I recently found a box of old 5.25" floppies. Is there a way to tell the double-density (360K) 5.25" ones from the high-density (1.2M) ones when the disks do not have any markings? It looks like the DD ones have the hub ring in the centre—if you’ve seen one you know what I mean—and the HD ones don’t, but maybe I’m mistaken.
DD disks have a hub ring, HD do not. HD were quite common. There were actually Quad-Density disks also, which were a quirky standard used on some early Tandy/Radio Shack Model 2000 systems.
Notching is not an indication of single sided vs. double sided. A true double sided drive has 2 heads, and reads and writes both sides simultaneously. A Commodore, Atari, Apple, for example, only had one head, so people would notch the disk to flip it and use the opposite side. The media was certified for writing on both surfaces.
Many people warned that flipping the disks would lead to early failure, but I just used some 32 year old 'flippies' in an Apple IIe last night with very low failure rate, especially considering the age of the the magnetic surfaces.
This site seems to confirm my observations:
DD 5.25" (360kB) diskettes look very much like HD 5.25" (1.2MB) diskettes; however, HD diskettes seem to almost never have a hub ring, while DD diskettes usually do. The hub ring may be white paper, etc. and easy to spot or cut from the same material as the diskette and barely noticeable. This difference has been mentioned by Peter Norton (of Norton Utilities fame) in one of his books.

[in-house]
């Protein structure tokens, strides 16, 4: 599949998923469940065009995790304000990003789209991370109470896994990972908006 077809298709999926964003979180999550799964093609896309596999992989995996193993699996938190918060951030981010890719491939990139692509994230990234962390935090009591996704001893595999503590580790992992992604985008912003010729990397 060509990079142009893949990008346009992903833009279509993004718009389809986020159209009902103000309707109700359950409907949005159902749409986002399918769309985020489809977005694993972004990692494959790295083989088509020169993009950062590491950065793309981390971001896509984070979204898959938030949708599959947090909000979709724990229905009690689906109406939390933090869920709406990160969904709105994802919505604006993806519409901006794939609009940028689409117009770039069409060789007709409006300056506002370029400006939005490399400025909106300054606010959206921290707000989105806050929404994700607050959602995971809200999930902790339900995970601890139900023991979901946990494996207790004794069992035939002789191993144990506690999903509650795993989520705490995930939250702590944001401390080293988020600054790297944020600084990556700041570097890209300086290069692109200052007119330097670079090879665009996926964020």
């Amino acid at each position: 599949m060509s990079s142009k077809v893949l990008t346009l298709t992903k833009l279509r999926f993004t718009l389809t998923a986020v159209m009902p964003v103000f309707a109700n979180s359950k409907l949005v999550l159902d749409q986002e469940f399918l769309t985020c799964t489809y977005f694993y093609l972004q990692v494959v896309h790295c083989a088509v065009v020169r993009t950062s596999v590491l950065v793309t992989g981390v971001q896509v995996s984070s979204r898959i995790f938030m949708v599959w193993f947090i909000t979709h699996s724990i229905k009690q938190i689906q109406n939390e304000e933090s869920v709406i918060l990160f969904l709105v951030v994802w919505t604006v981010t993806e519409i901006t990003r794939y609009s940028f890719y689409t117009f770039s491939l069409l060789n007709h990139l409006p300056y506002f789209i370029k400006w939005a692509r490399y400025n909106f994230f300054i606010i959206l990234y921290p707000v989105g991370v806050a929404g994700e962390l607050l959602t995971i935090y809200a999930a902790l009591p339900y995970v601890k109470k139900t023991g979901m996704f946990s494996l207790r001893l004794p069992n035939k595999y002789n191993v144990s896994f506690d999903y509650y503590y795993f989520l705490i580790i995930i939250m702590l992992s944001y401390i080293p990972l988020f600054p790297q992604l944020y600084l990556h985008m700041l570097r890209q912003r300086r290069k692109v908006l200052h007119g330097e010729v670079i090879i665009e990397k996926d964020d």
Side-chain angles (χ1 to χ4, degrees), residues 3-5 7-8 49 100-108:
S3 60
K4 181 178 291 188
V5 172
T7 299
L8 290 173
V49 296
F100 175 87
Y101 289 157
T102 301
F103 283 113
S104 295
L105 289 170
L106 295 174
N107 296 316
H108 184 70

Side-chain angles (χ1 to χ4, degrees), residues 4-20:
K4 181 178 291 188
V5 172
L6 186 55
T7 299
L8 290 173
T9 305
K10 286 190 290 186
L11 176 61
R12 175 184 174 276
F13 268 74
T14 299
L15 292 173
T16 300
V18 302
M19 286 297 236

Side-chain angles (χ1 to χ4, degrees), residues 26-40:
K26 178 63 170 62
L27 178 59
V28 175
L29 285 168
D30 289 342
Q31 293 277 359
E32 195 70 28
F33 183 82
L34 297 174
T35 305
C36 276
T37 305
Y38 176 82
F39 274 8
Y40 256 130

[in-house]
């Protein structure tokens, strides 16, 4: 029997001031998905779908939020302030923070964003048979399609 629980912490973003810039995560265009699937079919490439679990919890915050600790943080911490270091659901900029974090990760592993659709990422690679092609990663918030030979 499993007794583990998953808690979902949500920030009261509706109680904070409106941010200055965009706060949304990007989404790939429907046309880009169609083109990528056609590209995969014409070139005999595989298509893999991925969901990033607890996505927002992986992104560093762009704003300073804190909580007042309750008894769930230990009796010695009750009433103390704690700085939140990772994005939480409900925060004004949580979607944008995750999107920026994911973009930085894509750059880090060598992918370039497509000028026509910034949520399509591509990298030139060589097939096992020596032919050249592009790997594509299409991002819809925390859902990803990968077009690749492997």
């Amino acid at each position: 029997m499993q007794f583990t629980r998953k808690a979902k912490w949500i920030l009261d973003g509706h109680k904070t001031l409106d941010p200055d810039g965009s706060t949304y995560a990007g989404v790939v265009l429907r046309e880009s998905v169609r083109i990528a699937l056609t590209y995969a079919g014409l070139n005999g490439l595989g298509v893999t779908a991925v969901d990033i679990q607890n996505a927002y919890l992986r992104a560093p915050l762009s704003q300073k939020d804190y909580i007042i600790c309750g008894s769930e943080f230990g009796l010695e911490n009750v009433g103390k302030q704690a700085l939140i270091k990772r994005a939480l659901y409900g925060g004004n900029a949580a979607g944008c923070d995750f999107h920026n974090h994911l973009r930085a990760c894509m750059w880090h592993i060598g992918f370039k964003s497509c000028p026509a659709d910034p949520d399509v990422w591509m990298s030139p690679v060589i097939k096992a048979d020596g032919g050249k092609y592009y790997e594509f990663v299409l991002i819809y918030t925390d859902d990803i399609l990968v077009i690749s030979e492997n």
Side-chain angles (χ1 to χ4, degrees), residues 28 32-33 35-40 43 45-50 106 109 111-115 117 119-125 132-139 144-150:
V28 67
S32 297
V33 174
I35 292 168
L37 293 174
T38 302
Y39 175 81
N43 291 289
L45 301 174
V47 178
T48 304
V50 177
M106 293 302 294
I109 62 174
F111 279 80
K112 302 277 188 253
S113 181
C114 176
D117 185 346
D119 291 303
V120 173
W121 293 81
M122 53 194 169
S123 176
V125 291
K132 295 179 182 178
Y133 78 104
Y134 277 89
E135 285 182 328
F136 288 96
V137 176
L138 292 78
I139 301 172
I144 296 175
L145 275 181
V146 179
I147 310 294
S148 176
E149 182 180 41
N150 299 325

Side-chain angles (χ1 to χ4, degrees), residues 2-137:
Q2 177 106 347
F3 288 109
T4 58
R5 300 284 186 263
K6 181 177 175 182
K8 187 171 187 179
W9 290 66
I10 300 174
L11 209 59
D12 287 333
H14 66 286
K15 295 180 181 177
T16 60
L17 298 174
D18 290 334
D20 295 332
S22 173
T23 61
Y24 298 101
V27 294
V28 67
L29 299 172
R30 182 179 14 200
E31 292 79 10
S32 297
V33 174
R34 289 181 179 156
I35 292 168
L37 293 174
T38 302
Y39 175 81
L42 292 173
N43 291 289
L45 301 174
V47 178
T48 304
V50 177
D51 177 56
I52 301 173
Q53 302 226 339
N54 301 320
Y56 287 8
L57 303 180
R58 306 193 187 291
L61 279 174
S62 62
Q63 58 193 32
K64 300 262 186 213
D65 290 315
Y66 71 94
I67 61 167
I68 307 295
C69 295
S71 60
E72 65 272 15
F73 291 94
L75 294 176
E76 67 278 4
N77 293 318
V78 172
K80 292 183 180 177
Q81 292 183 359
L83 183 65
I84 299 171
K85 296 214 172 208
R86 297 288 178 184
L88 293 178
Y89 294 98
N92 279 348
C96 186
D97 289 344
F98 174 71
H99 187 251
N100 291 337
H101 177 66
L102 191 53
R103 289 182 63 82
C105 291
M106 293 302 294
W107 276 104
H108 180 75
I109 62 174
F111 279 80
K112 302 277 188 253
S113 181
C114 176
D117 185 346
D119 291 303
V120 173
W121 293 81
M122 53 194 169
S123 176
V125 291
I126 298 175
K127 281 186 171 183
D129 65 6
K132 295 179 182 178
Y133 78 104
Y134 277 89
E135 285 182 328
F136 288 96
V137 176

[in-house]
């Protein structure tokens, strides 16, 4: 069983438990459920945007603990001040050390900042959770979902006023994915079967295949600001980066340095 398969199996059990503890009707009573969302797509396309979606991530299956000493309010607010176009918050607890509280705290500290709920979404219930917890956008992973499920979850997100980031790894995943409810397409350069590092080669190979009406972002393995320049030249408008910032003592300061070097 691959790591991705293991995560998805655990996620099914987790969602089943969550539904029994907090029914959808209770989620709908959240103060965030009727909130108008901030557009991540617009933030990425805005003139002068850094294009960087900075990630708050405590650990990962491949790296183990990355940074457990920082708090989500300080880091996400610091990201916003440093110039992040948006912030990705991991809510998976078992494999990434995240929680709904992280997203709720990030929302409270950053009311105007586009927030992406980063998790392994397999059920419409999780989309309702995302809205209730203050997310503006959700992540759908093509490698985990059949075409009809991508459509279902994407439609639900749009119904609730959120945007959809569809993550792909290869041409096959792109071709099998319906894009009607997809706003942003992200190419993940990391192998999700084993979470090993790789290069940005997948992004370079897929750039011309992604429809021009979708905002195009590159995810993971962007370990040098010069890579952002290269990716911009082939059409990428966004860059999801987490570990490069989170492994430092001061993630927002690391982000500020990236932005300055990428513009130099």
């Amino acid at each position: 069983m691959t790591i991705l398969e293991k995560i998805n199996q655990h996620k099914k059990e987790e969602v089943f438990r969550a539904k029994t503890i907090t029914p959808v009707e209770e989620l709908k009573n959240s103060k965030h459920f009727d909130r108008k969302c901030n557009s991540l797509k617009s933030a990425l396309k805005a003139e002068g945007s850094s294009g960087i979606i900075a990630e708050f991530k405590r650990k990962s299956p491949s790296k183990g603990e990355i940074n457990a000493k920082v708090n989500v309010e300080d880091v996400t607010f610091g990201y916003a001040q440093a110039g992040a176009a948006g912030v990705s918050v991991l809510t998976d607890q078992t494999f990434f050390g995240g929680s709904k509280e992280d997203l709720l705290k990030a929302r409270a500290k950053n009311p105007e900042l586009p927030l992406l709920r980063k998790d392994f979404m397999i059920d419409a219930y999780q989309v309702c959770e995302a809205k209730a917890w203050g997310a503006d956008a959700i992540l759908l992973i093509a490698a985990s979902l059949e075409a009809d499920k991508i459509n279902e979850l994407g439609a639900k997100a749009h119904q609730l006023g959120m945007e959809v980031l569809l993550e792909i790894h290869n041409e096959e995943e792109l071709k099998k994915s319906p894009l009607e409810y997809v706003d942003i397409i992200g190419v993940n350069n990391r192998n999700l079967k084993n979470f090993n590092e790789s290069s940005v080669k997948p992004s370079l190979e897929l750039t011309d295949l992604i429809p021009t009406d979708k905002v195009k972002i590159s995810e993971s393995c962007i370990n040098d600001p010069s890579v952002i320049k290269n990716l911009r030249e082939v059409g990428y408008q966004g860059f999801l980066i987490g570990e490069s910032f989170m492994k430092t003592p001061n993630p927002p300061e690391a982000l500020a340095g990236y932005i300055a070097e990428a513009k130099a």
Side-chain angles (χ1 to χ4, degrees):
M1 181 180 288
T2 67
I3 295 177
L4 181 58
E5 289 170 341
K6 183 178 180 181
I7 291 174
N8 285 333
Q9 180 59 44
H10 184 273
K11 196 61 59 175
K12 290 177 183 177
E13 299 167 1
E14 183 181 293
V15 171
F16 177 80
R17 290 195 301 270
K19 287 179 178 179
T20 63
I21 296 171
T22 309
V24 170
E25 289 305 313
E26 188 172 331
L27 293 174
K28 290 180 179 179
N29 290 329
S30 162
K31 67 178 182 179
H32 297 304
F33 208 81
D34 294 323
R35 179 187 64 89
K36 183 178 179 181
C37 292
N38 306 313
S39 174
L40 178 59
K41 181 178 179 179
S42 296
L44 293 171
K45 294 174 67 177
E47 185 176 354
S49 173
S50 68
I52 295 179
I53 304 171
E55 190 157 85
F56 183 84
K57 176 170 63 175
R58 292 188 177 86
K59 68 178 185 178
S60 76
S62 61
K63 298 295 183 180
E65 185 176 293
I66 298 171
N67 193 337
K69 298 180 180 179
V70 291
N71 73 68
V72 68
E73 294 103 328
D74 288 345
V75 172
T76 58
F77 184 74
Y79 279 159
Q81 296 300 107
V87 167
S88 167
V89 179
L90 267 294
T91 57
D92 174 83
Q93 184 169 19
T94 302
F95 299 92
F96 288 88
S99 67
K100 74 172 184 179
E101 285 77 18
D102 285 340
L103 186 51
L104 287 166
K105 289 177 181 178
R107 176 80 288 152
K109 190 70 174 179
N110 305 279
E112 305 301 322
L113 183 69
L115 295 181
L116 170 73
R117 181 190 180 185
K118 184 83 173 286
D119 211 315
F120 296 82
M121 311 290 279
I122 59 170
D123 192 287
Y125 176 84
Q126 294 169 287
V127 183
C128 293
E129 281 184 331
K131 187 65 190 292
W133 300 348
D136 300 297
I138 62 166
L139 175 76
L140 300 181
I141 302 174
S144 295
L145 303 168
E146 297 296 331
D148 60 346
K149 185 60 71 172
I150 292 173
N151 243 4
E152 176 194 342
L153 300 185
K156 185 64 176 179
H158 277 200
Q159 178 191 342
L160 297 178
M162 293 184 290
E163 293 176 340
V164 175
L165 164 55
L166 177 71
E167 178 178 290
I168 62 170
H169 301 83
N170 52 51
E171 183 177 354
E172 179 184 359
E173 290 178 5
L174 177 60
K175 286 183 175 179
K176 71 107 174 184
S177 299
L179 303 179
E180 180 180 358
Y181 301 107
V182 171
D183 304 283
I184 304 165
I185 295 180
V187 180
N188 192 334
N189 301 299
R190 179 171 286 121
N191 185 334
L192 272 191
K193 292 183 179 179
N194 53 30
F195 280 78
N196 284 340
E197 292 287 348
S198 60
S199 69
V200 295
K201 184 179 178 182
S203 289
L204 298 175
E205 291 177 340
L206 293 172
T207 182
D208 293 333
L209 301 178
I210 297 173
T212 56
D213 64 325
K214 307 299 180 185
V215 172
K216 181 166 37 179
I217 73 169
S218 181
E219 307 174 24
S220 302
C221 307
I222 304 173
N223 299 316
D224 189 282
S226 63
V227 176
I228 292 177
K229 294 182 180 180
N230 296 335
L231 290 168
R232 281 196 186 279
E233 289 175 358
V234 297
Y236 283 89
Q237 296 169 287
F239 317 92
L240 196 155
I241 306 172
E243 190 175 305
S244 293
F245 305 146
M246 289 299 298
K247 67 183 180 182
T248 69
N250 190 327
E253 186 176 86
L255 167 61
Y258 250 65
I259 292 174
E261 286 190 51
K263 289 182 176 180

Unless the manufacturer chose to mark the disks, there's no difference between them.
The ring in the centre of the disk was a manufacturing feature to prolong the life of the disk itself.
Double-sided disks will have the write-protect notch on both the left and right sides of the disk if they were intended for use in single-sided drives, but even that isn't a reliable indicator of sidedness.
You should generally be safe assuming DSDD for 5.25" disks, however, as DSHD 5.25" disks weren't very common (3.5" disks were more durable and reliable).
The surface of DD disks are coated with iron oxide and when held up to strong light are brownish. (Think type I cassettes) HD are made with cobalt coating and are a blueish/purple tint when held up to the light. EHD are made with a barium ferrite coating. Ive never seen one in the wild, so apart from looking brownish, anything is possible.